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Combined, those illnesses strike nearly 1 million Americans each year, killing about 333,000, according to federal health statistics. The panel also recommended adding non-melanoma skin cancer, which afflicts another 2 million Americans annually.

Those statistics assure that, even if it turns out that trade center dust has little or no impact on a person’s risk of getting cancer, thousands of exposed people will get some form of the disease anyway as they age.

Elizabeth Ward, the head of intramural research at the American Cancer Society, and the chairwoman of the advisory panel, said it didn’t consider cost concerns, or the fairness of the compensation system, when making its recommendation.

“Many of these people were working in conditions that, in a normal workplace, people would walk out,” she said of the army of men and women who cleared ground zero of a mountain of rubble while breathing in particles that blackened their spit, irritated their eyes and throats, and made every breath uncomfortable.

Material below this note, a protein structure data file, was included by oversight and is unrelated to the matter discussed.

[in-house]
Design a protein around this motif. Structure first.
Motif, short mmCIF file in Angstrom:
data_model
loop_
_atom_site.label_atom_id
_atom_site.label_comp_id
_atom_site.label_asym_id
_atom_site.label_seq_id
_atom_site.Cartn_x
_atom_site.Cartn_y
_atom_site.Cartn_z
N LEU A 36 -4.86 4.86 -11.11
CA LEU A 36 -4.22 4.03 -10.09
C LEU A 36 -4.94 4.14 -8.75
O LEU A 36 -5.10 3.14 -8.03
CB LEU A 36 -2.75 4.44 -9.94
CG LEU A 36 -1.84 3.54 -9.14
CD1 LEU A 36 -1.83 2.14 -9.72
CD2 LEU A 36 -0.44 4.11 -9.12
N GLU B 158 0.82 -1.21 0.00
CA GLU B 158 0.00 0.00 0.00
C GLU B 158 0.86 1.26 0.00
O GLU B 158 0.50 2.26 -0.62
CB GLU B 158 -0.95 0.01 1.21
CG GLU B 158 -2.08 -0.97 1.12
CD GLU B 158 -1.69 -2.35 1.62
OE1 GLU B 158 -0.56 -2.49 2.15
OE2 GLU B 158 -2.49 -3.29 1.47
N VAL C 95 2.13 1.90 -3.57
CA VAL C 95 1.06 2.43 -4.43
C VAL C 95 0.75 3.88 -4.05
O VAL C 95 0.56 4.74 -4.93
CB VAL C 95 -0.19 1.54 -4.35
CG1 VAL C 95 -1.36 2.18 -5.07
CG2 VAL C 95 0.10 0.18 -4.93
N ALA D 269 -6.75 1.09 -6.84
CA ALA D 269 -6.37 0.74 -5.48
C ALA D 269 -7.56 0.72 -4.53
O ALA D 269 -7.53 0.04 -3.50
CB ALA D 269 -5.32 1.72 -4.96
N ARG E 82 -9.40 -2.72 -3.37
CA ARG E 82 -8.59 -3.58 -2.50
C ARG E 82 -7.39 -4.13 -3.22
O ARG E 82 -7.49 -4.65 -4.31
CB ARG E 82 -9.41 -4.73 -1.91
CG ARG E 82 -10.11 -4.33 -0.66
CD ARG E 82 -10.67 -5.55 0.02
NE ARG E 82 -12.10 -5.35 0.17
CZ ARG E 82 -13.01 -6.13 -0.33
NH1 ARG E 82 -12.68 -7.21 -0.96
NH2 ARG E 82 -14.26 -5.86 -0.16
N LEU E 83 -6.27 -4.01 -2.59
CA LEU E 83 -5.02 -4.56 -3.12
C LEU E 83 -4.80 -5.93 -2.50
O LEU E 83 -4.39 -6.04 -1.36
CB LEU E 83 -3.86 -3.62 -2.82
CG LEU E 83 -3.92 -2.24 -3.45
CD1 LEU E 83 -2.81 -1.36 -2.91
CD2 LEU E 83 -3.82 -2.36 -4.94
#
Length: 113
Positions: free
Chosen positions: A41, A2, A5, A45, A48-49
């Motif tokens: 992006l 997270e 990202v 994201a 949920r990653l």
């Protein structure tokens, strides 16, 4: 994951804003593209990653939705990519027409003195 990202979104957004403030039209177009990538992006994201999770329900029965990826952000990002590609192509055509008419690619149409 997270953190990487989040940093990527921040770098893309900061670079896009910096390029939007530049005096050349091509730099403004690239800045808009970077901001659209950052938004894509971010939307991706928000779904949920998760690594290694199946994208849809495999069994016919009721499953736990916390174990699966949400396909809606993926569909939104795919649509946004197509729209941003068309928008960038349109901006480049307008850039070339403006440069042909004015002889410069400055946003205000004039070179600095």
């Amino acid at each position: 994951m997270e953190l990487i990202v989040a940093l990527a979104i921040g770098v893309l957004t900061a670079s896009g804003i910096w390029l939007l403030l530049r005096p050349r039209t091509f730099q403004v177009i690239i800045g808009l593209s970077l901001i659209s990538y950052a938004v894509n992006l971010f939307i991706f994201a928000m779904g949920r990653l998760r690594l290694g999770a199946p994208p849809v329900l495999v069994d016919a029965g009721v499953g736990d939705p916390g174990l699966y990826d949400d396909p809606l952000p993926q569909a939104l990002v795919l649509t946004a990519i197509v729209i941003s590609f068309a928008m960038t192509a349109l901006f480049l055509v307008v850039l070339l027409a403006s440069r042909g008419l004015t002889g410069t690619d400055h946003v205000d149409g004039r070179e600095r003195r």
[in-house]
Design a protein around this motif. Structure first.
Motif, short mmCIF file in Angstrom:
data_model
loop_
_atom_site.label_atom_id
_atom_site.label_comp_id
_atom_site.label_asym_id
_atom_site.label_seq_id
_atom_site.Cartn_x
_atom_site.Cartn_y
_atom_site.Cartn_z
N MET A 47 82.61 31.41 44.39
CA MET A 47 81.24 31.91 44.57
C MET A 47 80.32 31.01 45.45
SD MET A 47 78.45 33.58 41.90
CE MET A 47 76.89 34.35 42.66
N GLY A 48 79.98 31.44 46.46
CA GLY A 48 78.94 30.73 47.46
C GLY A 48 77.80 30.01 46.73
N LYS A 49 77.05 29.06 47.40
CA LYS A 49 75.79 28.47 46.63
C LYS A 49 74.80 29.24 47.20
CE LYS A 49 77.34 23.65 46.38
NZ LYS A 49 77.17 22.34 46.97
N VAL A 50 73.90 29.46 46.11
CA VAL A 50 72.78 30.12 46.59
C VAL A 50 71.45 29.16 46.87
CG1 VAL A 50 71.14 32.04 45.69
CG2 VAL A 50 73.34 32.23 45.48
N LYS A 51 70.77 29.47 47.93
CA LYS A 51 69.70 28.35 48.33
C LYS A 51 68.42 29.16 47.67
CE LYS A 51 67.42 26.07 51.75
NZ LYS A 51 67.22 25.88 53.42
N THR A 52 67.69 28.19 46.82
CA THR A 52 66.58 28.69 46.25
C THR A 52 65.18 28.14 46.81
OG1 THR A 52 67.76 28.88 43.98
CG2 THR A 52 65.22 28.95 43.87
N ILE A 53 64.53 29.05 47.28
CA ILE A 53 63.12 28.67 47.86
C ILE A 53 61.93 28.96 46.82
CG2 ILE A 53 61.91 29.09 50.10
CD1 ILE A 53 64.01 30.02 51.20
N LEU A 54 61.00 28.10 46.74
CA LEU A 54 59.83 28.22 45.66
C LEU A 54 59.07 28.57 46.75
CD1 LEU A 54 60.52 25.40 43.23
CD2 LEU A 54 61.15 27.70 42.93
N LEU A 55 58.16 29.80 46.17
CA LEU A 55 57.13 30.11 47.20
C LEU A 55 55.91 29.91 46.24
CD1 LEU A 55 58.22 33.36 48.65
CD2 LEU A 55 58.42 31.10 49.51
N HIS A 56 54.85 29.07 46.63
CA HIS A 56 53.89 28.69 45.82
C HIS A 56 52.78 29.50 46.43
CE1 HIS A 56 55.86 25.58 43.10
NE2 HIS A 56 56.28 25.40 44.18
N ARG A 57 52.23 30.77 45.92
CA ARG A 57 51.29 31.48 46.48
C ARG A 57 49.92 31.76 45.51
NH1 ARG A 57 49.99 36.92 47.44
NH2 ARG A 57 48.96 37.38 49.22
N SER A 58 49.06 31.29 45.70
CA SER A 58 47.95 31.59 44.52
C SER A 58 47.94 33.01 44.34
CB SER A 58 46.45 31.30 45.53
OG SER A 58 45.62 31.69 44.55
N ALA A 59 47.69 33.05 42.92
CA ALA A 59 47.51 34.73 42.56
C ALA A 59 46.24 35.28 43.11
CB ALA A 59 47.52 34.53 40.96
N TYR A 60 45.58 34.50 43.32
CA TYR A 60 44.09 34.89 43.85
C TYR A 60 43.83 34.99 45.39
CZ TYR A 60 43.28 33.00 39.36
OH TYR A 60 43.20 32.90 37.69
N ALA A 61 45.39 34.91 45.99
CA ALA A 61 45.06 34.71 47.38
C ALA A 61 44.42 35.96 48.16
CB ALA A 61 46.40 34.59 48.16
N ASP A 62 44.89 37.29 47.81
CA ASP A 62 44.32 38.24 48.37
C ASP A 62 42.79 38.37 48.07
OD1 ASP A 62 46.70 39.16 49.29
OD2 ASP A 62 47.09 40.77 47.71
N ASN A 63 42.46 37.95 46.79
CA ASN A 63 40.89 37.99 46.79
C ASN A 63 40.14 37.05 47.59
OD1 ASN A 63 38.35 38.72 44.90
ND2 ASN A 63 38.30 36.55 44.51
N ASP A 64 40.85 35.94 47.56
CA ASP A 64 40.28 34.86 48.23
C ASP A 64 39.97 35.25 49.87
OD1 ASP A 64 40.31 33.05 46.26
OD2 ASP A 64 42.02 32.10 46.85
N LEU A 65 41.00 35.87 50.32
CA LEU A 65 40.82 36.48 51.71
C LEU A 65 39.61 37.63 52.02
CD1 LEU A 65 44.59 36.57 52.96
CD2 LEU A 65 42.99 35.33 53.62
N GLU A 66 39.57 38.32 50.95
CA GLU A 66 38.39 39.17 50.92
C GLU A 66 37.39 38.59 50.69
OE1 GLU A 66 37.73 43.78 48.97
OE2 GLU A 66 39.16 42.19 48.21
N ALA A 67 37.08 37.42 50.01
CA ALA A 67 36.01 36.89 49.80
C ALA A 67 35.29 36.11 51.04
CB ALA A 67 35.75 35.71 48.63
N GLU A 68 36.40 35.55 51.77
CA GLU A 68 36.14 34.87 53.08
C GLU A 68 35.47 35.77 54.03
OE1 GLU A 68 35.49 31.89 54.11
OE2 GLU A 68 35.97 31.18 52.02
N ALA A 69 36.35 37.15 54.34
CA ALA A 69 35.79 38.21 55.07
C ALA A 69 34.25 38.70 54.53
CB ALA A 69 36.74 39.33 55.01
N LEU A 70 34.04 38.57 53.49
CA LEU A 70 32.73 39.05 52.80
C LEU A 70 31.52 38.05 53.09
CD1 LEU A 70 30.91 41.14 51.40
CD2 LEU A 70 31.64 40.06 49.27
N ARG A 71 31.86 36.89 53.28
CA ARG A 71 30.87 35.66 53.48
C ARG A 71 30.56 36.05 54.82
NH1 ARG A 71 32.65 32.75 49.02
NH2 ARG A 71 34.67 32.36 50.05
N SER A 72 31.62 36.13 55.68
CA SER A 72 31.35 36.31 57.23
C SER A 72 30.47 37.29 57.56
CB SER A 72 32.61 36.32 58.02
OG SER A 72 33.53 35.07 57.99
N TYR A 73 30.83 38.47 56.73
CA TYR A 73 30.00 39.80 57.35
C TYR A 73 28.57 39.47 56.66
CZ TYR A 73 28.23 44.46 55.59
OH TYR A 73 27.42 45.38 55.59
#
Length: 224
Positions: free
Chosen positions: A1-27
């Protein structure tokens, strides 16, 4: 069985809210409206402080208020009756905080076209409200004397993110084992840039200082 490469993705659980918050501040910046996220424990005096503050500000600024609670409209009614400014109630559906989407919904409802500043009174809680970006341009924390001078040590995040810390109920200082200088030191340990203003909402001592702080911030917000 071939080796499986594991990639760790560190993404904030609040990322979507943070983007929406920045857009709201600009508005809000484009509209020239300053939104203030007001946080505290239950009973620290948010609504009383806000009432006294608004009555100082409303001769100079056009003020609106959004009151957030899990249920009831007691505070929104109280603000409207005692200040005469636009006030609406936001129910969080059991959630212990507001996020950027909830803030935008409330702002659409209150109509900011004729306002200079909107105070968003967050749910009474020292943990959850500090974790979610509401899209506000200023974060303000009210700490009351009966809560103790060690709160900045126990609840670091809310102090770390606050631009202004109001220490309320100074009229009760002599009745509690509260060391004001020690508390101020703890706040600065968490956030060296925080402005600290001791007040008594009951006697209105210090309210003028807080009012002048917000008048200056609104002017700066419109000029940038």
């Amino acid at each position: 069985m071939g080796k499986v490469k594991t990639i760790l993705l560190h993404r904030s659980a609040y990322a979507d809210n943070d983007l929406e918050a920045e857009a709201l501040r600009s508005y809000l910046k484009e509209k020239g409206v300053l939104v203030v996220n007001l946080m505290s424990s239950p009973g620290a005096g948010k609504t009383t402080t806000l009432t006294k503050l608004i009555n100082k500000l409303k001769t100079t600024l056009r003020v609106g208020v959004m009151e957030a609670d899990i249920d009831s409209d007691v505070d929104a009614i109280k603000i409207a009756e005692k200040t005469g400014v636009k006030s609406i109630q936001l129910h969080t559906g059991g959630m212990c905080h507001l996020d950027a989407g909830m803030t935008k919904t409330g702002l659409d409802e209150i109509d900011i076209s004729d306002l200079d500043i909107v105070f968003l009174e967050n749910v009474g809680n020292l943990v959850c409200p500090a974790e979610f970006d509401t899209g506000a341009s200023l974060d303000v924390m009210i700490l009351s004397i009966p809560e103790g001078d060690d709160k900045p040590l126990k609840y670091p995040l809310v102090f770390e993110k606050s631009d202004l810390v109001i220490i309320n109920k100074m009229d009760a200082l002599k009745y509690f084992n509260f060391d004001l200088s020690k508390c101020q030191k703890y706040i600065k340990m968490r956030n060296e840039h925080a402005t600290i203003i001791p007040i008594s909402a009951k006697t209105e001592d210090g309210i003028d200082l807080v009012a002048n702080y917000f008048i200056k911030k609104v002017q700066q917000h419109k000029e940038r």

“I think there is a very serious concern that these exposures were unique,” she said.

Howard has already reviewed the issue once before. Last year, he decided not to include cancer patients in the program, saying science had yet to show a link between trade center dust and any type of the disease.

This year, he could again defer a decision while more scientific research is conducted, or add some types of cancer to the coverage list, but exclude others. He also has the power to set up rules governing which cancer patients might be eligible, based on factors that might include the severity of their exposure to the dust.